*There is a children’s Sunday School lesson tip using this craft at the end of the post!*
I’m a little late getting all my Easter decorations out this year, but I leave them up all Spring, so I’m okay with that. Normally, I add one or two new store-bought decorations with each new holiday or season. Not this time! I came across this fabulous and brilliant DIY craft on Pinterest and knew I had to give it a shot. After swinging by the original post and tutorial by Steph over at Modern Parents Messy Kids, I set out to gather my supplies.
I had to go to Lowe’s to get the paint for Kasen’s nursery, and while I perused the grays and silvers, I managed to grab a “few” extra Olympic paint chip samples, in a variety of Spring hues. I did feel a bit of guilt over the number taken, but Micah picked up stray samples others had rudely discarded on the floor, and we turned them in to the cashier, so I think he worked off the “amount.” I also bought paint and a staple gun, so not feeling too bad for them.
Here are all the supplies I used for the Easter Egg Garlands:
Cost:$3, only because I had to buy some yarn, although it will also be used in another Pinterest DIY project I’ll be working on.
I did use the provided egg template from Modern Parents Messy Kids, for the first few small eggs I cut out. I ended up using an egg I cut from the paint chip for the rest of the small eggs since the paper was a bit thicker and easier to trace. I suggest printing the egg template on cardstock if available, or free-hand. I’m not that brave! I used an egg Micah created at his sitter’s for the large egg template.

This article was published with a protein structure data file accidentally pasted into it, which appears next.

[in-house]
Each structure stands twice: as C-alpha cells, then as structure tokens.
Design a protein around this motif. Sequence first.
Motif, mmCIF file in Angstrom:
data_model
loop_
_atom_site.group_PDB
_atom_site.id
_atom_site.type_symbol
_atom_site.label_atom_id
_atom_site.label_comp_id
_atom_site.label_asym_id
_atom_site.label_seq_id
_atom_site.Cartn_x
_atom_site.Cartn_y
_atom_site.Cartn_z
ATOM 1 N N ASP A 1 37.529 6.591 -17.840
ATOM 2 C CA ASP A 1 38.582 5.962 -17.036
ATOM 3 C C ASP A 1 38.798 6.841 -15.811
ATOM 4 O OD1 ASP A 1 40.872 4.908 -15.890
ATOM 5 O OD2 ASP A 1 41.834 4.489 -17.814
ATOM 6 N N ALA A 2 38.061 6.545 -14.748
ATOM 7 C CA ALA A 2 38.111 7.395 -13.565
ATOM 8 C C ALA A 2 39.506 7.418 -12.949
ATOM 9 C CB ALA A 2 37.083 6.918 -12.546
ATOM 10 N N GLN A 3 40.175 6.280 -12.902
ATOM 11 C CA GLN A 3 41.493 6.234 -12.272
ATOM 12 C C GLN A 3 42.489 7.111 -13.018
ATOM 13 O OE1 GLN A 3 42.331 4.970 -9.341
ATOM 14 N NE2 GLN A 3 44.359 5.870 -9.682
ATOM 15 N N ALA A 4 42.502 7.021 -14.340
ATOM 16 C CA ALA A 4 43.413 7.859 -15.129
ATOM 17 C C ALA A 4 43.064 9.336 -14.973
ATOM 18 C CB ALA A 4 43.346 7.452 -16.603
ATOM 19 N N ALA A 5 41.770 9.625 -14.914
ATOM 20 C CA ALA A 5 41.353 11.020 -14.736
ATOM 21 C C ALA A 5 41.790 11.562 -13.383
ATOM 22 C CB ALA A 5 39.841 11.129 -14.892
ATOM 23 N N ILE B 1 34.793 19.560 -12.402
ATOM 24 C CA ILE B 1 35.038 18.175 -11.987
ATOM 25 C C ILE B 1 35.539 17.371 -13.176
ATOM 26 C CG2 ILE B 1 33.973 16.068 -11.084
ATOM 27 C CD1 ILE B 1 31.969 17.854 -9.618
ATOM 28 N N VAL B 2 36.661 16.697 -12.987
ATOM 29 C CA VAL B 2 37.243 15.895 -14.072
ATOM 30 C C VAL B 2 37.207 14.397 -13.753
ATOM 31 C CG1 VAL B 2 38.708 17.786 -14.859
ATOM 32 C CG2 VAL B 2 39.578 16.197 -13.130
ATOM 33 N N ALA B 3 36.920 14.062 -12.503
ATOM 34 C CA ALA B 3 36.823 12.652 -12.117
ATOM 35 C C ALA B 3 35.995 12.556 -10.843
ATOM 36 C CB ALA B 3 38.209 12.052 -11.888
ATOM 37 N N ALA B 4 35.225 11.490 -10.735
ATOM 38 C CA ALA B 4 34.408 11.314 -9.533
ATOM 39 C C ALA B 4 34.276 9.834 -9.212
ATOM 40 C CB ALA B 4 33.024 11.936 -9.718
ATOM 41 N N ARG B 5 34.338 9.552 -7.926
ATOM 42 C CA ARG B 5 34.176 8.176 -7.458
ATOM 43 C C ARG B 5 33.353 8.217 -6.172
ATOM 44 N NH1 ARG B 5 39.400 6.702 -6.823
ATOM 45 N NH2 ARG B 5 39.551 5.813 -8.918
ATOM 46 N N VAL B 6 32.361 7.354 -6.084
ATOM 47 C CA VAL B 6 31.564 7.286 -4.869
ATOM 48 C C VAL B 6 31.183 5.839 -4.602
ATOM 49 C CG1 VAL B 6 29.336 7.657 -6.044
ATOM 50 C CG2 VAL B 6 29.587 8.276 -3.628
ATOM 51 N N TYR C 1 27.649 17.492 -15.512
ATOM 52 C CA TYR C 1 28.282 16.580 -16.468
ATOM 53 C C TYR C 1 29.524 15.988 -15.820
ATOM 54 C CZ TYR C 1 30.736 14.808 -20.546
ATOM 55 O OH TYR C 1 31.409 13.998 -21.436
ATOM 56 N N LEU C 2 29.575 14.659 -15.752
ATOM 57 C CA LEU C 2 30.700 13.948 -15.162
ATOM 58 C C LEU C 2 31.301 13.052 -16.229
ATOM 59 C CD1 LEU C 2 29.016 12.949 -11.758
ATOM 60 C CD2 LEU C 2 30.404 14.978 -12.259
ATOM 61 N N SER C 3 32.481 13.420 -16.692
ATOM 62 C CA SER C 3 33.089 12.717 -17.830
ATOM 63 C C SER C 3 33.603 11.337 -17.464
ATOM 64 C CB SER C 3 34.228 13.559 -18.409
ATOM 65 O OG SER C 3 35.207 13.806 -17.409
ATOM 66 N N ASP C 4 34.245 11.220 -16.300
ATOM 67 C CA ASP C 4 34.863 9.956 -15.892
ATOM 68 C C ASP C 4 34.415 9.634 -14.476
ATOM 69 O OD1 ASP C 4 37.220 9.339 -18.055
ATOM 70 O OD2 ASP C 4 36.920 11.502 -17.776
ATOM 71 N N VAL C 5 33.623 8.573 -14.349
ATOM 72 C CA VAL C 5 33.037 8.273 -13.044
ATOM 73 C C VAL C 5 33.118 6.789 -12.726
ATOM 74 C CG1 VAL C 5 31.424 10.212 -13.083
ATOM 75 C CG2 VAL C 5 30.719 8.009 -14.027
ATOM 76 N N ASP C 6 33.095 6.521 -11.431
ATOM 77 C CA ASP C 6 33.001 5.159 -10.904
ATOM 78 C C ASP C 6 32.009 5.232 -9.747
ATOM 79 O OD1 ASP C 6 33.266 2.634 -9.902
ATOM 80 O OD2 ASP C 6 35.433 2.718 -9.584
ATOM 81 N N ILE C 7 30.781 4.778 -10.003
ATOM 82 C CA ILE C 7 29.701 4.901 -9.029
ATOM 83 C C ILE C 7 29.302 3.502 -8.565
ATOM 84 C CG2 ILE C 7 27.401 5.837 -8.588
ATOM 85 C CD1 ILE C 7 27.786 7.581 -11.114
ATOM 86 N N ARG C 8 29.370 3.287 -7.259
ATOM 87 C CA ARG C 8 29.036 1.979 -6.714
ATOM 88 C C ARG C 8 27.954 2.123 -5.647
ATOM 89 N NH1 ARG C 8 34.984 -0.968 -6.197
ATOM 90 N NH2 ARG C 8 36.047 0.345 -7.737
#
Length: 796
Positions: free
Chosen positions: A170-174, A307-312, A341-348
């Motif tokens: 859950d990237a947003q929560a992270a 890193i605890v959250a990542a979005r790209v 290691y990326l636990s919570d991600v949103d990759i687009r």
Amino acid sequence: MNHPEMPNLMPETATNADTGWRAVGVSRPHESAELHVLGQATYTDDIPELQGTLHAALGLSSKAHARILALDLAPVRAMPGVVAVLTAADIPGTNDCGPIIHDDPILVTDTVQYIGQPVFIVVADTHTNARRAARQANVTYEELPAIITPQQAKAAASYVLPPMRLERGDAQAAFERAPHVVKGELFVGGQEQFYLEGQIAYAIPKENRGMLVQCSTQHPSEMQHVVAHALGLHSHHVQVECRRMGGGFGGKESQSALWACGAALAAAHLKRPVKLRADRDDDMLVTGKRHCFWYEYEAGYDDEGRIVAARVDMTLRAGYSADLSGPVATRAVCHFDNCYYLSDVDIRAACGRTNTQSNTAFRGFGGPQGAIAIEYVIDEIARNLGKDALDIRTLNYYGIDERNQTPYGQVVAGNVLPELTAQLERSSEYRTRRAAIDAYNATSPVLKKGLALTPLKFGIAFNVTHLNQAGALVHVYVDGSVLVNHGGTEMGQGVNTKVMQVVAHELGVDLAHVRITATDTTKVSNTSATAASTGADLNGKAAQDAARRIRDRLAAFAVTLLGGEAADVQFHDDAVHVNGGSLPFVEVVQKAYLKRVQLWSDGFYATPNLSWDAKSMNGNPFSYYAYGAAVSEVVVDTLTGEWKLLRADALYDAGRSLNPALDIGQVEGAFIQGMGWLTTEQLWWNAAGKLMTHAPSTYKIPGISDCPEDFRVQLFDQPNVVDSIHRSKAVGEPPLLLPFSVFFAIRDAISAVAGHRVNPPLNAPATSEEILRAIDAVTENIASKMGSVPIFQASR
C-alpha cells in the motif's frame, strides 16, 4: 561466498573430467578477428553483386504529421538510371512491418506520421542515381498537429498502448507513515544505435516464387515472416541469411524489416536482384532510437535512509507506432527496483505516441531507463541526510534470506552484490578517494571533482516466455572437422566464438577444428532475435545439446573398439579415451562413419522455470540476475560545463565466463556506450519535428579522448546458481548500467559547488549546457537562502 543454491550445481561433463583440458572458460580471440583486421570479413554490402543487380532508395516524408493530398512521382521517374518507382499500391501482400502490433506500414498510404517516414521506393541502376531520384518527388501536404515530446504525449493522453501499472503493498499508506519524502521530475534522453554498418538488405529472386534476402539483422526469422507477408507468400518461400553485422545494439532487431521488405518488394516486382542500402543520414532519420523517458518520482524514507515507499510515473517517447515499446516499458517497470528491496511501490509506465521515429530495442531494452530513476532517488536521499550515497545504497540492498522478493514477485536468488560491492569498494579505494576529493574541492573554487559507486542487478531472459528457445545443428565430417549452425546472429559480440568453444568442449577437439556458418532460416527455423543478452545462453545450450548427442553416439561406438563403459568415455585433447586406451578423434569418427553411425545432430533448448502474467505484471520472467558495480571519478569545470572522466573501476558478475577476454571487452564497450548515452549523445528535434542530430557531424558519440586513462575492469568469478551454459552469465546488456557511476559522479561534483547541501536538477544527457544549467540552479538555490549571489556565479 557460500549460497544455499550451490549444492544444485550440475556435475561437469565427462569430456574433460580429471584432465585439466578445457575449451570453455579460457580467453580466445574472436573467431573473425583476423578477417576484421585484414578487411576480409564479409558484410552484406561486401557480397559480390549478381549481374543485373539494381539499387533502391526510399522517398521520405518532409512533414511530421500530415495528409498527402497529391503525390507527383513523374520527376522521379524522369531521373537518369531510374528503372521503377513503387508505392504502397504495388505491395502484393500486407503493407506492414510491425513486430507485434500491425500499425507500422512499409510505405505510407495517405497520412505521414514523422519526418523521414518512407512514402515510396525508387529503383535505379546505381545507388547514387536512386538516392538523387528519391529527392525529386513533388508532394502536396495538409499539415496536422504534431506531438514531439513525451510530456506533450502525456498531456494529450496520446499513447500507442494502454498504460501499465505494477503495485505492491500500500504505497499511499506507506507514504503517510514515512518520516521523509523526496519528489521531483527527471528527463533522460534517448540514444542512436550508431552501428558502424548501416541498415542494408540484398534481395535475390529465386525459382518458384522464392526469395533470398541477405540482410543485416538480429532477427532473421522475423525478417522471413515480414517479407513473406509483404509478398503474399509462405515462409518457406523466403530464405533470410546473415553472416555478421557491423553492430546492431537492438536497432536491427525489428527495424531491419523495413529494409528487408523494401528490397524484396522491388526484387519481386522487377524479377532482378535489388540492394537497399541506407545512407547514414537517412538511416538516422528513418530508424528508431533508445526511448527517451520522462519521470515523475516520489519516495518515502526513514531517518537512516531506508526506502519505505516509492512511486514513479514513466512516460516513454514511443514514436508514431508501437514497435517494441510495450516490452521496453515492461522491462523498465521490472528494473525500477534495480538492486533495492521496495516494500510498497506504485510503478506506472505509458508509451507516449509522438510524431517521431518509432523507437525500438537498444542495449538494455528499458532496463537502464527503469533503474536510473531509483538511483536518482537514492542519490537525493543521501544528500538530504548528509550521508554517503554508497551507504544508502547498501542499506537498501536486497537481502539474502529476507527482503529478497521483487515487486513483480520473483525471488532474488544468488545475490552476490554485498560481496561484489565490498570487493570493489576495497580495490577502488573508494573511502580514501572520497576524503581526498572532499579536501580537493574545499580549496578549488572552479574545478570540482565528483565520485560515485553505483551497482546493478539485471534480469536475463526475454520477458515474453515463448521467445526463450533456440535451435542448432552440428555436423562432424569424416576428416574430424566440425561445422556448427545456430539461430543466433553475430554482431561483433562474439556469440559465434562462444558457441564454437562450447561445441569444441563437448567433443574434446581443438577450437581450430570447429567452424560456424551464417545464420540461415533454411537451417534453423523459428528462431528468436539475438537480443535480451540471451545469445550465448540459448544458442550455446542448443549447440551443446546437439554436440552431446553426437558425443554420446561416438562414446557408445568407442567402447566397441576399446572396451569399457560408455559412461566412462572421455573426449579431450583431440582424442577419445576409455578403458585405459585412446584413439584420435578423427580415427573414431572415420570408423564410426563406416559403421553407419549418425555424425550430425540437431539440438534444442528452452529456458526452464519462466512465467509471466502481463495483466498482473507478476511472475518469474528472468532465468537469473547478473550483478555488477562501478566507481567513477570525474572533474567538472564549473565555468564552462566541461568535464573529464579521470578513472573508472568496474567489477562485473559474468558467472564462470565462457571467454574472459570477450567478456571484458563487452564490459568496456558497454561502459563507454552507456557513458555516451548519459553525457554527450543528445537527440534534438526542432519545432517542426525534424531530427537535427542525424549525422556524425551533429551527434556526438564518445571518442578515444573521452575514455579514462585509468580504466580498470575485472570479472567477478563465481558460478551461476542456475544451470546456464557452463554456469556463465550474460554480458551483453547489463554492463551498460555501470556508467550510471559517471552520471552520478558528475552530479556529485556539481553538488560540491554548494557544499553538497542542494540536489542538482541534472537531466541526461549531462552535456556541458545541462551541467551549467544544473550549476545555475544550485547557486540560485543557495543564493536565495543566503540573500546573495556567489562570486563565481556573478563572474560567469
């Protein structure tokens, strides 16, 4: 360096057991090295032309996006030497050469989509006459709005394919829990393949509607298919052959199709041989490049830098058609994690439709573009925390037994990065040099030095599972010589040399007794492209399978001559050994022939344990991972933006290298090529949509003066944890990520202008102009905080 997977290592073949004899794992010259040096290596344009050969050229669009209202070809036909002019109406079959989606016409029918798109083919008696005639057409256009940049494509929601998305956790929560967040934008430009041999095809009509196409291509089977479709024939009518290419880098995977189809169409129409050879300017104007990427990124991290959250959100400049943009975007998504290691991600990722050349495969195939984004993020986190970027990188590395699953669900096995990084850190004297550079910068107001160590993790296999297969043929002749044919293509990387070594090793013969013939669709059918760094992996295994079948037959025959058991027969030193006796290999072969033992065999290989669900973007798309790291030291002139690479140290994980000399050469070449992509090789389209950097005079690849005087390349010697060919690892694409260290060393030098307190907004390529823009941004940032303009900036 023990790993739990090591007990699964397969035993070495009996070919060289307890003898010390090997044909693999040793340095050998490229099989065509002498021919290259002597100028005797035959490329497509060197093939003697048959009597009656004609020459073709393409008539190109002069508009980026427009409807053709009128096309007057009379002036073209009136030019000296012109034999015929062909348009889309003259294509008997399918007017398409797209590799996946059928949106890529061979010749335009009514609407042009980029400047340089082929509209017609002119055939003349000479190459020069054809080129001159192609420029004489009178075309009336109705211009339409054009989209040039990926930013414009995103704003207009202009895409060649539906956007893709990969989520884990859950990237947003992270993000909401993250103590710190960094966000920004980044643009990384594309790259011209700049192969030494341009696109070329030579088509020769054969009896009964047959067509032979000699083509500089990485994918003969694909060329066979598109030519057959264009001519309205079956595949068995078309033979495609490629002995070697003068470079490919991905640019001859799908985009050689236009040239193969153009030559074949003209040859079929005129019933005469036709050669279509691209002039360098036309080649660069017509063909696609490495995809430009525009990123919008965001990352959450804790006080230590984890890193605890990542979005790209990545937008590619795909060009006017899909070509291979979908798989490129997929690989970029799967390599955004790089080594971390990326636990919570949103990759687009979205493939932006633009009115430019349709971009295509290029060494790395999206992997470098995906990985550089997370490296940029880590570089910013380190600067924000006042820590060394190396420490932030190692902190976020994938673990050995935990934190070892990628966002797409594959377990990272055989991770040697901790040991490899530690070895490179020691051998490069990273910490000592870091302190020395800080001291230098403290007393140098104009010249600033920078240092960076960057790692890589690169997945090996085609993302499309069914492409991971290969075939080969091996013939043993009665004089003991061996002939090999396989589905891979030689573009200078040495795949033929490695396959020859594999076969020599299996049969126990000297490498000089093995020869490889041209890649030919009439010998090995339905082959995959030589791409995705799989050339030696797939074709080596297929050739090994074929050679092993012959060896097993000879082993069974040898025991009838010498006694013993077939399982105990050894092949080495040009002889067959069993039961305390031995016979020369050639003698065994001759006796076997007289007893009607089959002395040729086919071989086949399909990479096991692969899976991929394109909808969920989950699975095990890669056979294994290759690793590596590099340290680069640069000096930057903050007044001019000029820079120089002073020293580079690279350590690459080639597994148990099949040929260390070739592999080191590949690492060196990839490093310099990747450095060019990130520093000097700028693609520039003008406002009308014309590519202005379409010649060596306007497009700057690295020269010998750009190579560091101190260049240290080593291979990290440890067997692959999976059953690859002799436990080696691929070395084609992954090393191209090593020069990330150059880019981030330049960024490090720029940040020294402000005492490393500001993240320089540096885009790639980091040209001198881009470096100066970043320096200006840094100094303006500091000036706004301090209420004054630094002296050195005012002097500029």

Trace on the back of the paint chips to eliminate marks on the eggs
I was able to get 3-4 eggs out of the sample using the small egg template. This does include some of the paint name on 1 of the eggs you’ll cut, so if you don’t want the print, I would only trace 2 per sample. Of course this is for the specific Olympic paint sample. I was able to get 1 egg per sample with the large template.
Punch two holes in the top of the eggs. A smaller hole punch can be used. I had to borrow one from the church, standard single punch, and it was the perfect size to easily push the yarn through each egg when stringing. I tied a small knot on the end I was feeding through the holes, which made it easy to handle and prevented fraying. I really like how the colorful yarn looks!
This was a time consuming project for me, from hand-tracing the eggs, cutting them out 3-4 samples at a time, punching them 2-3 eggs at a time, and stringing them together. It took me a few hours, but I created 5 garlands of about 20 eggs each. I also had to help take care of a attention-craving two-year old, which did not leave my hands free the whole time!
Check out the results! Continue reading